Date Published: February 8, 2018
Publisher: Public Library of Science
Author(s): Hao Tang, Liuxiong Xu, Fuxiang Hu, Alexander J. Werth.
Nylon (PA) netting is widely used in purse seines and other fishing gears due to its high strength and good sinking performance. However, hydrodynamic properties of nylon netting of different characteristics are poorly understood. This study investigated hydrodynamic characteristics of nylon netting of different knot types and solidity ratios under different attack angles and flow velocities. It was found that the hydrodynamic coefficient of netting panels was related to Reynolds number, solidity ratio, attack angle, knot type and twine construction. The solidity ratio was found to positively correlate with drag coefficient when the netting was normal to the flow (CD90), but not the case when the netting was parallel to the flow (CD0). For netting panels inclined to the flow, the inclined drag coefficient had a negative relationship with the solidity ratio for attack angles between 0° and 50°, but a positive relationship for attack angles between 50° and 90°. The lift coefficient increased with the attack angle, reaching the culminating point at an attack angle of 50°, before subsequent decline. We found that the drag generated by knot accounted for 15–25% of total drag, and the knotted netting with higher solidity ratio exhibited a greater CD0, but it was not the case for the knotless netting. Compared to knotless polyethylene (PE) netting, the drag coefficients of knotless PA netting were dominant at higher Reynolds number (Re>2200).
Meshes of traditional netting panels are composed of bars and knots. More recently, netting panels can be weaved without knots, and are called knotless netting. In knotted netting, single English knot and double English knot are commonly used knotted types for fishing nets, while in knotless netting, twisted Cross and Ultra Cross (named by Nichimo Co., Ltd, Shimonoseki, Japan) are the basic knotless type according to the way the mesh is wove. One parameter of a netting panel is the solidity ratio, which is defined as the ratio of projected area of bars and knots to the outline area of a netting panel. Different knot types influence the solidity ratio of netting, which may result in differential hydrodynamic forces. Usually the knotted netting has greater drag force than knotless netting of the same twine diameter and materials, and knotted netting panels with different knot types have different hydrodynamic characteristics .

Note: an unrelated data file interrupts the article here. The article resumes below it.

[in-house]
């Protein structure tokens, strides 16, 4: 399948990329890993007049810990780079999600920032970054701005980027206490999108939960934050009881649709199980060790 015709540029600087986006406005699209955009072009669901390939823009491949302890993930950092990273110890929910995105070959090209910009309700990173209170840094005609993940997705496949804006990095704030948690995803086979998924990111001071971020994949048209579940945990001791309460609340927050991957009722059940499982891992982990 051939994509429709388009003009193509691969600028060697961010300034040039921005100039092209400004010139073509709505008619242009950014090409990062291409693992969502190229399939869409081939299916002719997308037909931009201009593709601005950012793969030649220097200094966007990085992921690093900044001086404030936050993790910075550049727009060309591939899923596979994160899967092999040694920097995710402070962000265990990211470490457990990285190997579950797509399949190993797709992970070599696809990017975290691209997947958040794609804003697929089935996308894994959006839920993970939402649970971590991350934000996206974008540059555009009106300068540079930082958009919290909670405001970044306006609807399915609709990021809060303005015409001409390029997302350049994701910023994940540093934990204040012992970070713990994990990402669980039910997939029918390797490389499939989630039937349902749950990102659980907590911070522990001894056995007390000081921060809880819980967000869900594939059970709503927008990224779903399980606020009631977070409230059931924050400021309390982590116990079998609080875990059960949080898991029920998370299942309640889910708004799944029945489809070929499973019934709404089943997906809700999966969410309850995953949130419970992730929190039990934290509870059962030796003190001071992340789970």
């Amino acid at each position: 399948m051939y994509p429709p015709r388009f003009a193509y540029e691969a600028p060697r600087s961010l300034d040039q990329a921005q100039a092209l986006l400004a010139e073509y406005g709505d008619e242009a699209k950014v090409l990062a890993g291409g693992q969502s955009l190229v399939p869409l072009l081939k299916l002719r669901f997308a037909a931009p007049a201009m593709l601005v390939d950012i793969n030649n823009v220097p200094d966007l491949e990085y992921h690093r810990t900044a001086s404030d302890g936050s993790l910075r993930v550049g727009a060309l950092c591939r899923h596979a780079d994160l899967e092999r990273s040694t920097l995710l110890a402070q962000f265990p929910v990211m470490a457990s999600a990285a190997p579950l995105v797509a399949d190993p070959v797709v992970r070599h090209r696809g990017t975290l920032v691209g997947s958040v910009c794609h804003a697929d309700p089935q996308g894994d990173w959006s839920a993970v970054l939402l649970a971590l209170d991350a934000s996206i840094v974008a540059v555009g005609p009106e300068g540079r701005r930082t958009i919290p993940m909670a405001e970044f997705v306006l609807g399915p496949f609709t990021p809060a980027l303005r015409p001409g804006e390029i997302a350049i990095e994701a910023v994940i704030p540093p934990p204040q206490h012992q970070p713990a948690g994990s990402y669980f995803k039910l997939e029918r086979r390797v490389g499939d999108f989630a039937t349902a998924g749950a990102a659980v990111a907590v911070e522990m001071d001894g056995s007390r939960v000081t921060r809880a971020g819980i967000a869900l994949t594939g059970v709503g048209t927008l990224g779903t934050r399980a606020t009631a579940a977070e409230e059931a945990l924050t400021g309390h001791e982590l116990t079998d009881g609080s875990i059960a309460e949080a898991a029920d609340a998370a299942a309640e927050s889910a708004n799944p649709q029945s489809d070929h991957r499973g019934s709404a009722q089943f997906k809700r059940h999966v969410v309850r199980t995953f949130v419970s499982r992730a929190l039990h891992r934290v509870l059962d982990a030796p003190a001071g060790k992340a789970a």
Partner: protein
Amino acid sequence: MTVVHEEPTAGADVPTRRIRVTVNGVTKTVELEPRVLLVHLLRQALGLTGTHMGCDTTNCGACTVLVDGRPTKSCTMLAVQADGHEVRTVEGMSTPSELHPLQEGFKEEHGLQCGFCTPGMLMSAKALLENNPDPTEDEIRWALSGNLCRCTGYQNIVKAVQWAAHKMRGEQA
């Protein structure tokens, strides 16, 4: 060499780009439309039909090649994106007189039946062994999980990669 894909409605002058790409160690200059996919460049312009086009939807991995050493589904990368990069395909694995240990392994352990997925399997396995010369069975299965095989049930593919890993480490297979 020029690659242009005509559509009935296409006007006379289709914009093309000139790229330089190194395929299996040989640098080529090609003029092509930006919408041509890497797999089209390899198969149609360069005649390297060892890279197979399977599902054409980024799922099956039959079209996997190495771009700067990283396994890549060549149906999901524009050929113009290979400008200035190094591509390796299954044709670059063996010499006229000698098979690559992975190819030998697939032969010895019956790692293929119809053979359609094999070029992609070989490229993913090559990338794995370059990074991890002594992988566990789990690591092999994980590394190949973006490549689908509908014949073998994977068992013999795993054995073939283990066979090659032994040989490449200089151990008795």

In this study, the hydraulic mean depth (h) defined as the ratio of area to the perimeter of the mesh  was used as characteristic length for netting when it was set normal to the flow. We suggested that the flow through the plane netting could be considered as a flow in the pipe, the hydraulic mean depth can thus be used as the characteristic length to determine the range of Reynolds number in experiment. Considering the porosity of netting, the characteristic length of experimental netting was characterized by a combination of the hydraulic mean depth and porosity, h = 0.25 βl sin 2φ. A better fitting prediction result was presented in Fig 4. Our findings show that the drag coefficient decreased and approached a steady value distributed in a space between 1.2 and 1.4 when Rh ranged from 1.5×103 to 1.0×104, similar to that reported by Miyazaki and Takahashi .
Experiments were carried out to investigate the effects of solidity ratio, flow velocity and knot type on the hydrodynamic characteristics of plane netting in uniform flow at different attack angles. The following conclusions can be drawn from the experiments and subsequent analysis: